McDonald’s recently did an advert for their McCafe range, about the over complication of coffee, attempting to “take a gentle pot-shot at the hipster coffee industry”, and claiming to “make cafe culture accessible to everyone”. I’ll be the first to admit that it can be a little intimidating looking up and down a massive chalkboard covered in Italian words when all you want is “a coffee please”, especially when you have someone in-the-know standing behind you judging you for your choice.
When Clark and I visited Bond Street Coffee, we were presented with a scary looking blackboard with a series of numbers corresponding to each coffee and, underneath, a simple explanation of the different flavours present in each one. Obviously it all made sense to him, but I was just like “that one says peach so I guess I’ll go for that”. Spoiler alert: it didn’t taste like peach. This is where I learnt that tasting notes do not equal flavours. If you choose one that says it has chocolate and dark fruits – it probably won’t taste exactly like either of those things. Having said that, I later tried a Flat White that tasted really, really citrussy to me, so I suppose it just depends on how sensitive your palette is. Clark’s all like “can you taste the red berries?” and I’m like “I can taste coffee” and usually he sighs at me because I am so orally impaired. I’ve been in his coffee shop when I’ve heard people order something like a caramel latte, only to be told that they don’t stock flavoured syrups, but instead blend beans from different origins together to replicate flavours such as vanilla or caramel. This was met by a bit of umms and errs from a customer, before agreement at the closest equivalent. I have no idea how they felt about the result, because I’ve not yet reached a point where it’s necessary to interview the general public in order to produce content.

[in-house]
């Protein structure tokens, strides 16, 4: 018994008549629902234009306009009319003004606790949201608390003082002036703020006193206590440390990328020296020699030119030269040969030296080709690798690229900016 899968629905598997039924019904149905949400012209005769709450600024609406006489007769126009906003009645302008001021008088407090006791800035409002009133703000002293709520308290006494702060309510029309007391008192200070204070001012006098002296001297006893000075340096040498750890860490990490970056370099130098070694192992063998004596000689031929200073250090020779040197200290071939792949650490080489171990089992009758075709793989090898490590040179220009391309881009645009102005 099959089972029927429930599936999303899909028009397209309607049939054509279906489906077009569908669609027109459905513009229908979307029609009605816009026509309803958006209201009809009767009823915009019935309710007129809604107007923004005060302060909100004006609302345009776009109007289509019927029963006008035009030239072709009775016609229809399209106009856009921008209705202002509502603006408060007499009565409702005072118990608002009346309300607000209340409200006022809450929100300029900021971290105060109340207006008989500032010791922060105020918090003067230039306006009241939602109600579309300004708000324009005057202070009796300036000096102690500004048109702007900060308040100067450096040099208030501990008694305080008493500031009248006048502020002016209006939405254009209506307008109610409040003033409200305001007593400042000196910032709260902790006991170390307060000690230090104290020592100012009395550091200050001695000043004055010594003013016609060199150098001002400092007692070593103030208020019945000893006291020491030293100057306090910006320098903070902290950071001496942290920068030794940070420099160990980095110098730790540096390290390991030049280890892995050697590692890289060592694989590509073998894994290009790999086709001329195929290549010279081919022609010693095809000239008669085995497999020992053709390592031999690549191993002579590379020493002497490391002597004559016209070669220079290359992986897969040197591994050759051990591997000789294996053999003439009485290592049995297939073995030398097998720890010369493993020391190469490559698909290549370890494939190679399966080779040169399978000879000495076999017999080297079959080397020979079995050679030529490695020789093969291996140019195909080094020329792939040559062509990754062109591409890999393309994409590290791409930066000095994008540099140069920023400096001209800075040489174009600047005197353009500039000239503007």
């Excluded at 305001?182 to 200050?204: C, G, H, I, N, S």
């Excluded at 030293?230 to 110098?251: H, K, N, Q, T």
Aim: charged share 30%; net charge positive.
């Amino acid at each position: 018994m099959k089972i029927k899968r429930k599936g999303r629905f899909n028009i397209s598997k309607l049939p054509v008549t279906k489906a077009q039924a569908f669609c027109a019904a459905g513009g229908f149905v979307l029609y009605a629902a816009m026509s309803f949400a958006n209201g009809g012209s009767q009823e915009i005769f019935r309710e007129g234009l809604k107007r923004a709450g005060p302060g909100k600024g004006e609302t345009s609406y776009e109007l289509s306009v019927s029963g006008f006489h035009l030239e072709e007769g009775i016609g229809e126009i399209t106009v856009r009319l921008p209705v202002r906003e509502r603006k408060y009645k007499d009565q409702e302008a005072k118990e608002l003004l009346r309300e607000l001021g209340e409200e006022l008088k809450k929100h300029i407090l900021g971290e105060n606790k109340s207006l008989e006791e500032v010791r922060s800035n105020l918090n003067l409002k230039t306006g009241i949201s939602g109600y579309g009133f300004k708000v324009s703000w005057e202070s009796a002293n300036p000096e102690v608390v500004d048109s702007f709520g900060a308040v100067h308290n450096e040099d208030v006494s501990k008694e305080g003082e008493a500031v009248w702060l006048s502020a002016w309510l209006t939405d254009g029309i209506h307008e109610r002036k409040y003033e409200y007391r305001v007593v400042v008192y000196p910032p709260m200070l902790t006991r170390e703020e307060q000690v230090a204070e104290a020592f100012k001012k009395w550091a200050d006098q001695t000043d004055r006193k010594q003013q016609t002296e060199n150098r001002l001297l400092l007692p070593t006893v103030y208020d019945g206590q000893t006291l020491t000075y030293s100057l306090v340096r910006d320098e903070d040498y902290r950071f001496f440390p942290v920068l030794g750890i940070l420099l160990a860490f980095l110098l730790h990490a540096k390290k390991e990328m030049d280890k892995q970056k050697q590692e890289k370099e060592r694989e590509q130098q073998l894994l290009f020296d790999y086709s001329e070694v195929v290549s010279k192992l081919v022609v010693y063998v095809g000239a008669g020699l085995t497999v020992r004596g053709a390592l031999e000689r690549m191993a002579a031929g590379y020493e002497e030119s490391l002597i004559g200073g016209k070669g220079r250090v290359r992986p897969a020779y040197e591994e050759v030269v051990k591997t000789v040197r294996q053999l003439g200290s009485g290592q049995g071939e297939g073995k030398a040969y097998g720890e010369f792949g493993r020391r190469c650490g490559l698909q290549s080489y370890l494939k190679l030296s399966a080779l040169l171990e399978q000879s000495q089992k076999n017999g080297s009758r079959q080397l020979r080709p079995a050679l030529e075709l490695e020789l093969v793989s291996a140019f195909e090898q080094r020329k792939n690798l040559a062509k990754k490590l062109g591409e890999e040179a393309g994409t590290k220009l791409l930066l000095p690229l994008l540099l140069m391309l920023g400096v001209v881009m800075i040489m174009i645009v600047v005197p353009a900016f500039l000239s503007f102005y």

On the other hand, places such as Starbucks don’t help this. It’s great that they allow the consumer to tailor their drink to precisely what they want – so if that’s a grande, iced, sugar-free, non foam soy latte with caramel drizzle then fine, whatever. The obnoxious and entitled requests that are so often mocked are, to me, the reason why coffee is assumed to be “hipster”, even though there is nothing more mainstream than a Starbucks. Like I said before, I ordered a macchiato in a bar thinking I was going to receive something completely different to what I actually got. Commercial coffees seem to have strayed away from the traditional medium to some extent, producing coffee flavoured drinks instead of actual coffee. Because they’re so common, they have completely changed the definition for a lot of people – myself included. Before I met Clark, I didn’t know the difference between a Flat White and a Latte, or even what went into a Cappuccino – let alone that a combination of two or more beans would taste sort of like vanilla.